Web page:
The PFS spectrograph system, consisting of four identical modules, will be accommodated in a designated clean room on the fourth floor of the Subaru telescope enclosure building. Envisioning the delivery of the first modules in 2017, we have been developing the design and implementation plan of the floor and clean room. After we had a design review meeting in August 2015 in Hilo, Hawaii, we are now stepping into the production and implementation phase.
In fact, until May 2016, this floor was used for the spectrograph system of “FMOS”, which is a fiber-fed multi-object spectrograph having been delivering unique data for a variety of astronomical researchers since May 2010 (so it is a predecessor of PFS). Because the PFS spectrograph system is much heavier than FMOS (over 4 tons in total!) and the layout of the hardware components on the floor is very different, the floor needs to be restructured and reinforced. The renovation work was started immediately after FMOS was decommissioned in May 2016, and as the first step, the FMOS spectrograph system was entirely removed from the floor.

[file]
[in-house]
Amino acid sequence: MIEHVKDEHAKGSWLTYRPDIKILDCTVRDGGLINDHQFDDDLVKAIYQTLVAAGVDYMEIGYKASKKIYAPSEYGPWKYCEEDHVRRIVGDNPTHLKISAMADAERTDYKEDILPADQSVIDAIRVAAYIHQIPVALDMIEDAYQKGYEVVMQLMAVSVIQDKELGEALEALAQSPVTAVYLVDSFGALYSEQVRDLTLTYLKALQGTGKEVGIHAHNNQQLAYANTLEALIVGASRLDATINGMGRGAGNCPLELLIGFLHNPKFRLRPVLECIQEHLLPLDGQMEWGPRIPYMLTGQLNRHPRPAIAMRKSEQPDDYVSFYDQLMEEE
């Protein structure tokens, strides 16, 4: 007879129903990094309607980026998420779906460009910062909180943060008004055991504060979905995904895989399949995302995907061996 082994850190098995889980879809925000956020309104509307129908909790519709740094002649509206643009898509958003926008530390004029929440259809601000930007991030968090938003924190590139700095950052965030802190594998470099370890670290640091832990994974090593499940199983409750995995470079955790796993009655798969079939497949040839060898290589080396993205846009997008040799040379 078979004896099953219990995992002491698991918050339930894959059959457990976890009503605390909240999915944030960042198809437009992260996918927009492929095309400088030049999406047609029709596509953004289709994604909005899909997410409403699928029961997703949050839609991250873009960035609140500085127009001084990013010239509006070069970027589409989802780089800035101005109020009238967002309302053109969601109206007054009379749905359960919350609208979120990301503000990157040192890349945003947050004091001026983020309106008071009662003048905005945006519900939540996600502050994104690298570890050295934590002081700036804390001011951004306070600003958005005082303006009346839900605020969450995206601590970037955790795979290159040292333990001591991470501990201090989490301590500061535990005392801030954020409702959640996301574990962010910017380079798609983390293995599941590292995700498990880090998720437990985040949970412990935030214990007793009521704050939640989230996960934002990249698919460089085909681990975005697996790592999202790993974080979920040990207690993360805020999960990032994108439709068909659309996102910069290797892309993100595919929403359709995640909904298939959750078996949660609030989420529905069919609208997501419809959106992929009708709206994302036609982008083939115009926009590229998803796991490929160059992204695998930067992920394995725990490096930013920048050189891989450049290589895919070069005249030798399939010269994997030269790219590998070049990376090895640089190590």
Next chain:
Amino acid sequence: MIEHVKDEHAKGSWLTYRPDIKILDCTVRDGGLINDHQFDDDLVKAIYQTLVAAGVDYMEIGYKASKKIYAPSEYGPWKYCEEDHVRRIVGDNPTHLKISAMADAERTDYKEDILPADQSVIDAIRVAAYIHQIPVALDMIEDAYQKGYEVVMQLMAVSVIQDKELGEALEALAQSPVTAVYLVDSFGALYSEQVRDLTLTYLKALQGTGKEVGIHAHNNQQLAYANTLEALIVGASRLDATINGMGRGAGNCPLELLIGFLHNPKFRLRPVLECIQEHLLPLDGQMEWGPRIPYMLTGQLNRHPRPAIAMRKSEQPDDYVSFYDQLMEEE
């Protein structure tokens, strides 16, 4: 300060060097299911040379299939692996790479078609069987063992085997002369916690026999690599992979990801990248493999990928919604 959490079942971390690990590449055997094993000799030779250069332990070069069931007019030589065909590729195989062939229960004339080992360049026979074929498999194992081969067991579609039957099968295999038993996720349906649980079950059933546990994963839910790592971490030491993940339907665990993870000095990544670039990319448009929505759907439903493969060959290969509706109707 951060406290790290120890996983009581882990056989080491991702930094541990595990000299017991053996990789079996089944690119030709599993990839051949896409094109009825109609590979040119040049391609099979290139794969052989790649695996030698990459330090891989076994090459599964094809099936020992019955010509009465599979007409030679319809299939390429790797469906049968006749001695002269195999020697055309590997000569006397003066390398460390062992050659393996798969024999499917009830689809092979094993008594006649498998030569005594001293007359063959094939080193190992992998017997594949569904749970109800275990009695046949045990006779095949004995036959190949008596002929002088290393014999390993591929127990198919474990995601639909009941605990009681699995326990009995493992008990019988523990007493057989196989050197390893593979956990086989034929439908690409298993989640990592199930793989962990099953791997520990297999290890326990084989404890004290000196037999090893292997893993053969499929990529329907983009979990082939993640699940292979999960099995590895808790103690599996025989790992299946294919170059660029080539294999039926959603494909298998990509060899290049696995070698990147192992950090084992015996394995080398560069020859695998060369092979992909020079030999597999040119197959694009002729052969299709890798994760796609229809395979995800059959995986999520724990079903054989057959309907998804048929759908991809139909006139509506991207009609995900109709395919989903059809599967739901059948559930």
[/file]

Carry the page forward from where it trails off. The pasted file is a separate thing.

(Pictures of the fourth floor. Tops are before removal, and bottoms are after it.)
Its emptiness and calm may make you feel depressed, but only temporarily — the fourth floor will be reborn in early 2017 with additional facilities such as a new hatch as well as the PFS clean room, and then the PFS spectrograph modules will start coming.
With its much larger field of view, higher multiplicity and wider wavelength coverage, PFS will be a powerful successor of FMOS and join the lineup of the instrument at the Subaru Telescope observatory.